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"This sort of thing was important because it helped me to gain an entrance to my athletes' minds through another medium. A coach must be interested in everything—music, art, ballet, racing cars, mountaineering, skiing, religion. Should an athlete show a liking for a subject I do not know, I make a point of studying it. Only with complete understanding can we reach the true partnership needed. Chataway, for instance, is an admirer of Lawrence of Arabia. Whatever he has suffered in training or running is cast against the background of a man who, he believes, gave much more. This well-spring of inspiration is important in a civilized world where a man is seldom asked to tax himself to the limits of his powers."
Part and parcel of this mental side of his training program is Stampfl's firm conviction that the athlete must be master of himself, not just the willing slave of his coach. "During my first interview with the Amateur Athletic Association, when I was seeking an opportunity to coach," he recalls, "a moment of indignation forced me to crystallize a policy to which I have always adhered. 'I am not a German coach,' I told them then, 'and I do not force anyone to do anything. There are no laws to control athletes.' I was very young in those days—only 27—but I was already certain that coaching was intuitive rather than a scientific thing. From my early days in Vienna as a skier and a javelin thrower I have always thought of sport as an art rather than something to be reduced to the blackboard level. In training I always ask my athletes what they want to do. Brian Hewson was so amazed by this technique when he first came to me that he hesitated to accept it. 'You're the boss,' he said. 'You tell me.' His answer shocked me, because it was a reflection of a man not willing to take responsibility. Once, a little later, he came for training after being out until the early hours of the morning. He was sheepish, and expected me to be angry. Instead I said 'It doesn't really matter, but you cannot expect to do a hard workout because your body is not sufficiently recovered.' I tried by my attitude to impress on him that the responsibility was his, not mine. I never use the schoolmaster approach, because if I do, boys will always be boys. And from that day on, Hewson began to take charge of himself."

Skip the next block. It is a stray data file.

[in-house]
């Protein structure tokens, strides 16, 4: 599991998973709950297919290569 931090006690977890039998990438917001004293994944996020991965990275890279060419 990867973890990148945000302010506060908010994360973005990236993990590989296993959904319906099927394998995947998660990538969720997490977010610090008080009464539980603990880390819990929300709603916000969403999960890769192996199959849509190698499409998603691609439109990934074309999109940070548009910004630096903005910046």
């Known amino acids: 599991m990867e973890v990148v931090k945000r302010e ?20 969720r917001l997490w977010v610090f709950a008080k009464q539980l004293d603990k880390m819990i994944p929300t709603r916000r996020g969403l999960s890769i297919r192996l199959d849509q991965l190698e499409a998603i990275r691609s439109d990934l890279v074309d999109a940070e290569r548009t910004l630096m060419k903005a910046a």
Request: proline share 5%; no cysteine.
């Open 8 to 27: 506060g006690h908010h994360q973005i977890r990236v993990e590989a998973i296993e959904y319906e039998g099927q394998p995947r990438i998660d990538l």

A CHALLENGE FROM CHATAWAY
Chataway's reaction to Stampfl was as challenging in a different way. A strong individualist, he was prejudiced against coaches, harboring an objection to regimentation often found in English university men. Stampfl's way of dealing with this was deceptively easy. Regimentation, the strict, undeviating routine of any kind of training, was unavoidable. "But," says Stampfl, "fortunately, my methods have always been to influence the athlete's mind to make him believe the ideas are his own. Once, for instance, before the Kuts race, Chataway arrived for training and did not think he could do the four separate mile time trials in four minutes 20 seconds as arranged. I knew he could not afford to miss the training, but I did not show my feelings. 'Don't worry,' I said, 'just run a mile in 4:40.' He did 4:32. During the recovery interval we talked and joked and he revived, showing his usual spirit for training. In the end he did the last three miles as planned and said it was terrifically easy. He thought it was a great workout.
"Training," Stampfl continued, "is so vitally important that it presents a problem in itself. It is not enough just to impress on the athlete that without hard work he has no tools for success. Somehow training must be made a rich experience in itself and not just a means to an end. The technical side of it must slip simply into the pattern and not sound like a geometry lesson. When an athlete wants to train, in contrast to being persuaded to do so, then you are on the right road."